This story originally appeared on Esquire.com.
As Election Night 2020 bled into Election Week, the talking heads on CNN became something like members of our families. We memorised the shades of John King’s magic map; Wolf Blitzer’s calming voice put us to sleep. And, somehow, when we woke up the next morning, as Tuesday turned to Wednesday which morphed into Thursday and then Friday, those same anchors remained on television. We wondered, when were these people sleeping?
The answer, it turns out, was: barely at all. I spoke to more than a dozen CNN anchors, reporters and producers about how they pulled off the longest and most dramatic Election Week in recent memory, which wound up being the cable news network’s most watched week of all time. Here's how it all went down.
Tuesday, November 3: Election Day
David Chalian, political director: At 3 o'clock, we had an editorial team meeting with everyone that was going to be on air that night to make sure that we understood the various storylines that could emerge, and how we were prepared to deal with each of them. When exit polls became available at 5 p.m., five of us had a very quick 10-minute huddle to wrap our brains around what the exit polls were saying. And then we were off to the races.
Sam Feist, Washington bureau chief: Over the course of any given 24 to 48 hour period, we were rotating election coverage through 12 different CNN control rooms. As we moved from team to team, we needed to take a control room down, clean it for COVID purposes and bring it back up for a different shift. We had equally sized staff across every shift of coverage. So we never went down in size.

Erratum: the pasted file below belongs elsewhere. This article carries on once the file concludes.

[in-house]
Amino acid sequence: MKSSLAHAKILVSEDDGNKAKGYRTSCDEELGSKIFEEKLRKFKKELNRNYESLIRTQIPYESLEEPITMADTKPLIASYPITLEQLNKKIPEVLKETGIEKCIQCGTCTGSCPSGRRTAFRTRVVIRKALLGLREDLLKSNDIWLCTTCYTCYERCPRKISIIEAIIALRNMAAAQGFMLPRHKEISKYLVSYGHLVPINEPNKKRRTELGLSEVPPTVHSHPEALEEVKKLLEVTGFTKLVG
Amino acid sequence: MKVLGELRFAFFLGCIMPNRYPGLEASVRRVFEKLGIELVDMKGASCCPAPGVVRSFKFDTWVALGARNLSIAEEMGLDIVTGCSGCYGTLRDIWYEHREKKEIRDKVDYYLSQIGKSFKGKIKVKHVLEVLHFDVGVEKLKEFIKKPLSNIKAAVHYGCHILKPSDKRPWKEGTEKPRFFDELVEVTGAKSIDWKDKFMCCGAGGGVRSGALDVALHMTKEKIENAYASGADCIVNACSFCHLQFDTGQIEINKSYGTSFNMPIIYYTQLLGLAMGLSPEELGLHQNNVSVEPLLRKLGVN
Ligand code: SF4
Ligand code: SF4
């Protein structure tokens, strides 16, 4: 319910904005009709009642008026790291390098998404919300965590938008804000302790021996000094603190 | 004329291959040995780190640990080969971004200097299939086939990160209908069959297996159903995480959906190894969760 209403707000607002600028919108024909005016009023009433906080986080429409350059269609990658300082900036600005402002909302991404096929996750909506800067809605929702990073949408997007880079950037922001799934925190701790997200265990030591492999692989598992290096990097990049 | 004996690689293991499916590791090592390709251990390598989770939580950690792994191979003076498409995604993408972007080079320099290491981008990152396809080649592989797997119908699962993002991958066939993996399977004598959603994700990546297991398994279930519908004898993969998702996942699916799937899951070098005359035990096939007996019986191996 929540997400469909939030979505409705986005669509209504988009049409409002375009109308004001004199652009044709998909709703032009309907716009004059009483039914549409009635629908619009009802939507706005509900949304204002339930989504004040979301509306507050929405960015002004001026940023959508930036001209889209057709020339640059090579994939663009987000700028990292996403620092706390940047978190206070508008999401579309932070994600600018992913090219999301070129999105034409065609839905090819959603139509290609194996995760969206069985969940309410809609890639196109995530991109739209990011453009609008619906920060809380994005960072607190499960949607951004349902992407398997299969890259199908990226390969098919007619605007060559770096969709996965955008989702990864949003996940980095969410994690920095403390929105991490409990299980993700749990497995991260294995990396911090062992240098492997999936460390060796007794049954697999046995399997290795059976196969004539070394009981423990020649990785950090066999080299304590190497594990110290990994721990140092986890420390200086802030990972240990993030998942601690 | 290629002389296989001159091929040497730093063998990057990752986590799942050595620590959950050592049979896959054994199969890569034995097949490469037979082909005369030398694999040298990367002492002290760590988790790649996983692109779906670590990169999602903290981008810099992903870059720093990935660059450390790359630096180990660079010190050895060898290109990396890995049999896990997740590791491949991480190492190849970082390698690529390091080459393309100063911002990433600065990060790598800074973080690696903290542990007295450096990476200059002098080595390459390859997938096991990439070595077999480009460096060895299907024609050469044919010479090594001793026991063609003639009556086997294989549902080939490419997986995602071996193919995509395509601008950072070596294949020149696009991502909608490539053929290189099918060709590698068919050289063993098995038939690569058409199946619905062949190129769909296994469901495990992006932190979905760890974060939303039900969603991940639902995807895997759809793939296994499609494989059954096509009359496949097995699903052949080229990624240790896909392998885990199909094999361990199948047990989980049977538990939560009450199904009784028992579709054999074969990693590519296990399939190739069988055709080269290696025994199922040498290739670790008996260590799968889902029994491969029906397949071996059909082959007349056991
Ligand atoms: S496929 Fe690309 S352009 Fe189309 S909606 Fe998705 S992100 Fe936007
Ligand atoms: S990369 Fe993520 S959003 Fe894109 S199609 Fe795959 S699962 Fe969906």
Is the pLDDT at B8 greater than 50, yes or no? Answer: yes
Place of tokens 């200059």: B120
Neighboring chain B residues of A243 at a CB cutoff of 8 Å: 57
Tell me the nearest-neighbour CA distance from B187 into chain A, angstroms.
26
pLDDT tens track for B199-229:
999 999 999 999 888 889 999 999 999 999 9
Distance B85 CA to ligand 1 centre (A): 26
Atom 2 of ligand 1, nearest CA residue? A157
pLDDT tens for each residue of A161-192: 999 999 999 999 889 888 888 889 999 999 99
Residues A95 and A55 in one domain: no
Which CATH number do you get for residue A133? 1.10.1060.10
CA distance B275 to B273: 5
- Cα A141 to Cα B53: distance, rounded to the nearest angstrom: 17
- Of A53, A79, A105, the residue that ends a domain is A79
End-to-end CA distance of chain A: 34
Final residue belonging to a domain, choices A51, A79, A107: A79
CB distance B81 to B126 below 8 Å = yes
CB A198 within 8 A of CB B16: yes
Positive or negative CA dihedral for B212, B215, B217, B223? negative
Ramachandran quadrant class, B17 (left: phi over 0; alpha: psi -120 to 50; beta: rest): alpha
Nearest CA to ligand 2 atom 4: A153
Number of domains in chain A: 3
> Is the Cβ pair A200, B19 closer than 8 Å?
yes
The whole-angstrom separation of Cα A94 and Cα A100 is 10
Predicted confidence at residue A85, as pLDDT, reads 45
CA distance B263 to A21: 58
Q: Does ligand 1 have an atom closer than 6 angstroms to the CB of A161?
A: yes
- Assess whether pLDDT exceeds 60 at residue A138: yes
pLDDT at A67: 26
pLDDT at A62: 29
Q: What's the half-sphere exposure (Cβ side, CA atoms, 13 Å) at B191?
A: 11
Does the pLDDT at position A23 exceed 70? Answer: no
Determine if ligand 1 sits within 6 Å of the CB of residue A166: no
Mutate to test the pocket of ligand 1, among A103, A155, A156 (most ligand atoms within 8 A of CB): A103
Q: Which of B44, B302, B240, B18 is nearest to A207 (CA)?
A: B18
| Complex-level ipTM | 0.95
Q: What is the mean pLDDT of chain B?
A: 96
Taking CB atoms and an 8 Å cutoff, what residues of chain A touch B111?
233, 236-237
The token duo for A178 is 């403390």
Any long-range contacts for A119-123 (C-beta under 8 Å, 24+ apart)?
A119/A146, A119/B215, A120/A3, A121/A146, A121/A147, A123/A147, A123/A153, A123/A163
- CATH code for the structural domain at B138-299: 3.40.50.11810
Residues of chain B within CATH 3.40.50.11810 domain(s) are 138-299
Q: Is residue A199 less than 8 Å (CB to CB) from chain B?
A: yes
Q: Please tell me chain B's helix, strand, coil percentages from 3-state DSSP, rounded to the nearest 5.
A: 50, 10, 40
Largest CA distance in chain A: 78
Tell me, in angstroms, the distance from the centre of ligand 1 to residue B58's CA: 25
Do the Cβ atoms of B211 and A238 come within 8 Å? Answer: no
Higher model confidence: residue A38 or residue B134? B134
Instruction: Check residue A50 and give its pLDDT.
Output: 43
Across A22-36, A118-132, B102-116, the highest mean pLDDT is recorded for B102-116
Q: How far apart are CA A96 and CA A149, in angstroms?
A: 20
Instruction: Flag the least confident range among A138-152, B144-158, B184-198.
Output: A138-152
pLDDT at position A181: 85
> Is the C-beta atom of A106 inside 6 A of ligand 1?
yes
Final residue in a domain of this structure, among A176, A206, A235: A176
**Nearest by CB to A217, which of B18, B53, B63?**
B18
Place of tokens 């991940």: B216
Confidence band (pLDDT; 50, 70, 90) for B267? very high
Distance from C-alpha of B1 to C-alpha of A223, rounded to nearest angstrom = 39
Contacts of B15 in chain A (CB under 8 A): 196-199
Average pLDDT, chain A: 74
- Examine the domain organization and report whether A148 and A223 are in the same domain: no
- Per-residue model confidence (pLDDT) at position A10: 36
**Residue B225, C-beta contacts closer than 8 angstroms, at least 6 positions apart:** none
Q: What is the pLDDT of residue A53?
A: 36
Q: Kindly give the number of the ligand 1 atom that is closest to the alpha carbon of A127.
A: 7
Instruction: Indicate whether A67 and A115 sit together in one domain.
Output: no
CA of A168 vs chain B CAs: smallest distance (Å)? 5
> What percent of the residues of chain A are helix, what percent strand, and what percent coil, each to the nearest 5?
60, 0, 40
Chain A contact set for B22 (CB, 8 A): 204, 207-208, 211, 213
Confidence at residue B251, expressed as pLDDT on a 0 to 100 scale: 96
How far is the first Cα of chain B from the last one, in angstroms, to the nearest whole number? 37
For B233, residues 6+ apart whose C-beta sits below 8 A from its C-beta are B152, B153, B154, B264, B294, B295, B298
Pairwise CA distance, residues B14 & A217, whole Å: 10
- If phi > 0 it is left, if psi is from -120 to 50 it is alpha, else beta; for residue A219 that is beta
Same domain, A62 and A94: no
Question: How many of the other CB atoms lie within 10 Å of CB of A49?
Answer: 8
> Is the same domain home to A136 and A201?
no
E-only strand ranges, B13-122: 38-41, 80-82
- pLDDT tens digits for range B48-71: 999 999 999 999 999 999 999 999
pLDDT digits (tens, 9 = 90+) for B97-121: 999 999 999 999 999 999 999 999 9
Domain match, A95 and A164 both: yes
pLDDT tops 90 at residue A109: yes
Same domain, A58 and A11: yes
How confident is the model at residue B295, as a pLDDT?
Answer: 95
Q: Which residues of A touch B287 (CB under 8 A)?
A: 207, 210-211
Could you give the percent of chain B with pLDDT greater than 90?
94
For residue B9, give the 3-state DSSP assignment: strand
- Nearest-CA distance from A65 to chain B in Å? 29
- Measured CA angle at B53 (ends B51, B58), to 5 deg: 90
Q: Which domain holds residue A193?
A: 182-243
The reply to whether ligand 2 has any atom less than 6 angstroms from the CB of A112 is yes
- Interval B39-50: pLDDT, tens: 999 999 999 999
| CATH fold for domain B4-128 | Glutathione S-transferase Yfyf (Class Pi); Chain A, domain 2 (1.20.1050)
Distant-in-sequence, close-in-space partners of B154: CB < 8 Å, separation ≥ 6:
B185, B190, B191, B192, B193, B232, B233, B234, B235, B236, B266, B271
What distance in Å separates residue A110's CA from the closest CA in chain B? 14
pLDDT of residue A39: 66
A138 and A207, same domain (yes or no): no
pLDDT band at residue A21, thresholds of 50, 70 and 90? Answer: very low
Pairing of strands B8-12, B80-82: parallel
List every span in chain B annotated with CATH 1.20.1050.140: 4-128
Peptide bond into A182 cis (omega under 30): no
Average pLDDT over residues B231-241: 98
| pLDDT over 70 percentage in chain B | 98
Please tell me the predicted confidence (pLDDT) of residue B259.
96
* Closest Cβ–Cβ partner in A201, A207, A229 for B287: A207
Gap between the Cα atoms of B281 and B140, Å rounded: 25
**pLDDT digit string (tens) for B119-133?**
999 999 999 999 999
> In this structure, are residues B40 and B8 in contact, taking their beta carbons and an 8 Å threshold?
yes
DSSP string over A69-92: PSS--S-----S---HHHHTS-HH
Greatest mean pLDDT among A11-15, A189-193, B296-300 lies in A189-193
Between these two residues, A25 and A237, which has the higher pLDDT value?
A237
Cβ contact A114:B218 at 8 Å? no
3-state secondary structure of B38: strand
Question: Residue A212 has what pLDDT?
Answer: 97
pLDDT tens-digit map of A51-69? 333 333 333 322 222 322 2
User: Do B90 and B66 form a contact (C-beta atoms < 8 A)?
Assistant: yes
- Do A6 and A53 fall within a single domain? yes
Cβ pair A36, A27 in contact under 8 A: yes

Abby Phillip, political correspondent: I'm the newbie, so I didn't know what to expect. At some point Tuesday afternoon, I was kind of like, "So, when are we supposed to be done again?" Then Jake [Tapper] and Dana [Bash] were like, ‘Don't even ask.’ They were like, ‘In 2016, we were here until like 5 a.m. Don't even think about sleep as a concept.'"
Dana Bash, chief political correspondent: It was a complete roller coaster and we prepared for that. We took our Dramamine and we knew that it was going to be wild.
John King, anchor and chief national correspondent: Joe Biden jumps out to these giant leads in Ohio and Texas, and it's like, "Whoa." So we had to be careful. The constant challenge was to say this is very real, we just don't know how complete it is yet. We know it's not complete, and we don't know where we're going and to try to convince people on both sides.
Bash: It's like watching a mural being painted and at the beginning it looks like one thing. And then you realise it's something completely different from what you thought it was at the beginning. And that’s not normally how election nights are.
Wolf Blitzer, lead political anchor: When we saw the results coming in from Florida, I thought maybe Trump has a chance.
Kaitlan Collins, White House correspondent: Tuesday night it kind of looks like it might be one of those circumstances again where President Trump might pull it off. And so I was hearing such a jubilation from sources who were like, "Holy shit. This actually is going to work in our favour."
Arlette Saenz, political correspondent covering Joe Biden's presidential campaign: I will say it was real quiet. It was very quiet from people on Tuesday night.
Van Jones, host and political commentator: Tuesday night was devastating. The polling had been suggesting that there would be just a wipe out of Trump. And the fact that it wasn't a wipe out was crushing.
They sent us home around 3 or 4 in the morning. We had drivers. And I remember walking through the lobby of my apartment building, and the security guys who I talked to the day before, who were very excited that Trump was going to get his comeuppance, looking at me for some sign of hope. And I had nothing left to give. I shrugged my shoulders and got in the elevator. I couldn't even talk to them.
Jake Tapper, anchor and chief Washington correspondent: I went home Wednesday thinking that there was a chance that Donald Trump was going to be reelected.
Wednesday, November 4: Two Pints of Coffee and No Call